PyCon Namibia returned after two years of COVID. This three-day event featured a roster of Namibian and international speakers on a variety of programming topics, including data science, robotics, careers, Infrastructure and web applications. The conference was held at Kleines Heim, in Windhoek from February 21–23, 2023.
In 2020, PyCon NA was one of the very last PyCons to take place as planned before the COVID pandemic struck. In 2021, we held an online edition. In 2022, we took a break. In 2023, we had speakers from Namibia, Botswana, Nigeria, the United Kingdom, Spain, Zimbabwe, South Africa, Mozambique, and Romania.
PyCon Namibia has a track record of advancing programmers in their careers. I am one of the people who got the opportunity to enter the international tech industry, and we also have Jessica Upani, who stays in Berlin. Speaking to one of the organisers, Ngatatue Mate, one of the conference co-founders, said, “Our mission continues: to see more software being created in Namibia and to see more Namibians succeeding in the software industry. This year, aspiring programmers had the chance to meet recruiters from Namibian and international software companies.” I am happy that some local companies showed up.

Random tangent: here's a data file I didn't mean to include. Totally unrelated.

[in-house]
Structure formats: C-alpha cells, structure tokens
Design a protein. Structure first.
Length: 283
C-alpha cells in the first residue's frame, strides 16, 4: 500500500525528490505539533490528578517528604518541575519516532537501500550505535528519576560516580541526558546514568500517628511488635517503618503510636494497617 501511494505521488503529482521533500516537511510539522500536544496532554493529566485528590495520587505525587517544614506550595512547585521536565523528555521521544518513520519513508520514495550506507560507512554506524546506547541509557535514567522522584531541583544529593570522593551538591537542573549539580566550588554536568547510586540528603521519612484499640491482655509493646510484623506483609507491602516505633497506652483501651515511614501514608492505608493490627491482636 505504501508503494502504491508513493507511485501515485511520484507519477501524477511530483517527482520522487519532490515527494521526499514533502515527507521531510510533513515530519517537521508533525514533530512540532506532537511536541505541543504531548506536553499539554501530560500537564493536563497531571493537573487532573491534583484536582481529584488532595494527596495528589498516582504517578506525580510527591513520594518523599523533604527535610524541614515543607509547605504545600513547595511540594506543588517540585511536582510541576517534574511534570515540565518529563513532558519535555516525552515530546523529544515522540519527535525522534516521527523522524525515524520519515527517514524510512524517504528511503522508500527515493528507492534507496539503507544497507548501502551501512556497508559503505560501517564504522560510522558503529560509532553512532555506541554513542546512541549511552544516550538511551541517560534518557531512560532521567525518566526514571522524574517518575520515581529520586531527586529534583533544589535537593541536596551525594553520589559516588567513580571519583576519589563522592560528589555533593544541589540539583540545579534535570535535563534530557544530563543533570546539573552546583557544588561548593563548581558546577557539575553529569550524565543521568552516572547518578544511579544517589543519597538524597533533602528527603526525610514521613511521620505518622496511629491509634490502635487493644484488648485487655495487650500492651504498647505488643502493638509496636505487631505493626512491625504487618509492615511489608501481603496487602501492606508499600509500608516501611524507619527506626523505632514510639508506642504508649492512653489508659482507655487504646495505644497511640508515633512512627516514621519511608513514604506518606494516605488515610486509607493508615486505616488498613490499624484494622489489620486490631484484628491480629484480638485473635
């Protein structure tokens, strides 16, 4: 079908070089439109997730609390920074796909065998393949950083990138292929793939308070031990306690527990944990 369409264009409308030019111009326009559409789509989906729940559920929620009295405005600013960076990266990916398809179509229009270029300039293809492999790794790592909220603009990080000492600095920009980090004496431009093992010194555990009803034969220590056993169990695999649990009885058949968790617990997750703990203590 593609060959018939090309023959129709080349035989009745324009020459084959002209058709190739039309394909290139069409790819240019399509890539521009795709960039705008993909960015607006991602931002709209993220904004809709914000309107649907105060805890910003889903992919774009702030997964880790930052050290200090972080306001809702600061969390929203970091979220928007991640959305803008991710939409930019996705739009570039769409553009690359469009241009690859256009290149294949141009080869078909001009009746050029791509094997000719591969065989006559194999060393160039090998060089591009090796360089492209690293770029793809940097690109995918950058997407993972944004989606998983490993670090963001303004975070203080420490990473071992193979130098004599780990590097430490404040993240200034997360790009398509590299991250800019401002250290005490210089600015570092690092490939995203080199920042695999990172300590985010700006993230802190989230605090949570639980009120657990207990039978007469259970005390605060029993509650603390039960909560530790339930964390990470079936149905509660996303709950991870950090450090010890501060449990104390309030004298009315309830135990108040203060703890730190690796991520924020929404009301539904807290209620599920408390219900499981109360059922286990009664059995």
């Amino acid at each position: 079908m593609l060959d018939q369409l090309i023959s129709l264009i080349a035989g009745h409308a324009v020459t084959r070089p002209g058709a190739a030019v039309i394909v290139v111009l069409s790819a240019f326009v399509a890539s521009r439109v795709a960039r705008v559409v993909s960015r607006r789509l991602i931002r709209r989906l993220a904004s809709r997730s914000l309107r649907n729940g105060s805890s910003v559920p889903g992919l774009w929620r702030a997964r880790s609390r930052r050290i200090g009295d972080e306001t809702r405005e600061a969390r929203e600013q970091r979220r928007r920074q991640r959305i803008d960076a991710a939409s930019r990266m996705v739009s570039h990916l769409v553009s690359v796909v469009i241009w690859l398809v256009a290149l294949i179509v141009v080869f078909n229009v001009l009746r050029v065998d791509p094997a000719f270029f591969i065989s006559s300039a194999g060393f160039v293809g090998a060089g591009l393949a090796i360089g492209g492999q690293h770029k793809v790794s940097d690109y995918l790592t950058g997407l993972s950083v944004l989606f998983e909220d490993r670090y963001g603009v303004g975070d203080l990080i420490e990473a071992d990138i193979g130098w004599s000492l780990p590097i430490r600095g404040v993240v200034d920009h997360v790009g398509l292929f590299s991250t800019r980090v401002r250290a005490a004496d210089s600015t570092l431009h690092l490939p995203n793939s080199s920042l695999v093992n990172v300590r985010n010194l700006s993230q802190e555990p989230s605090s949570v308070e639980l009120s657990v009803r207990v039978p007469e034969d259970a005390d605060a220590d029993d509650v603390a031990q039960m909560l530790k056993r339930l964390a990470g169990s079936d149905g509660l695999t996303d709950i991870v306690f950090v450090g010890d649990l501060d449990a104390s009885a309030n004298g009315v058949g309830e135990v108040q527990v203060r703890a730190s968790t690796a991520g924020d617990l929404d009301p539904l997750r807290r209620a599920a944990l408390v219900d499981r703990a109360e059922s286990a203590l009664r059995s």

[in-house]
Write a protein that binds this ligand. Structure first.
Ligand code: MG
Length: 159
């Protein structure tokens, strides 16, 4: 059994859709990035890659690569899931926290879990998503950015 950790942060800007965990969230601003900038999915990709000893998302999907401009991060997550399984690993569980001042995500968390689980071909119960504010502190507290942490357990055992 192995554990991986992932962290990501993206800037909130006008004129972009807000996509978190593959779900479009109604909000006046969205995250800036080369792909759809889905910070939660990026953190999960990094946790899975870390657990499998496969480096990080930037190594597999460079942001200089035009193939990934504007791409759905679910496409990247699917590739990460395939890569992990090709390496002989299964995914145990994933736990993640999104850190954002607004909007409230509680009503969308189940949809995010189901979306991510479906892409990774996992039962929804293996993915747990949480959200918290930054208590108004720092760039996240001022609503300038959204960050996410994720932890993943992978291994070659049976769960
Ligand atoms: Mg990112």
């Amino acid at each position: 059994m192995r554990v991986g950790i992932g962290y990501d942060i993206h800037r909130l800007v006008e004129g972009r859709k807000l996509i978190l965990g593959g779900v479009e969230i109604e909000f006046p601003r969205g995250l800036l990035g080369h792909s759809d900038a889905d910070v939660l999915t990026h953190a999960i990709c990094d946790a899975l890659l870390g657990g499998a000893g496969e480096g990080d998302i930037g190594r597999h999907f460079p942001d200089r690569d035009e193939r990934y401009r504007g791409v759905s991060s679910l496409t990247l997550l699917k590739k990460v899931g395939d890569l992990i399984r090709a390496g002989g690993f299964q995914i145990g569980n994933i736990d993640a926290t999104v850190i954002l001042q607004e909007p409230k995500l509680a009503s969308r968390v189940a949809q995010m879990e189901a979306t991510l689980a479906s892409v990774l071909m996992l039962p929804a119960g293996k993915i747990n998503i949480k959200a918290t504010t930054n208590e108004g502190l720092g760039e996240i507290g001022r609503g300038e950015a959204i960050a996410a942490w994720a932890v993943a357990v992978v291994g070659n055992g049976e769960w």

Thank you LaLoka Labs for giving me the opportunity to be with my community during working hours. I was flexible enough to support the community I love, the community I built. I have been part of this community since 2015.
Day 1 – 3
As one of the organisers of the conference, I had a great time interacting with many participants, which gave me a clear picture of what is happening in the Namibia Python community. The conference always started around 9 am., and 8am was for registration. The full conference programme is here .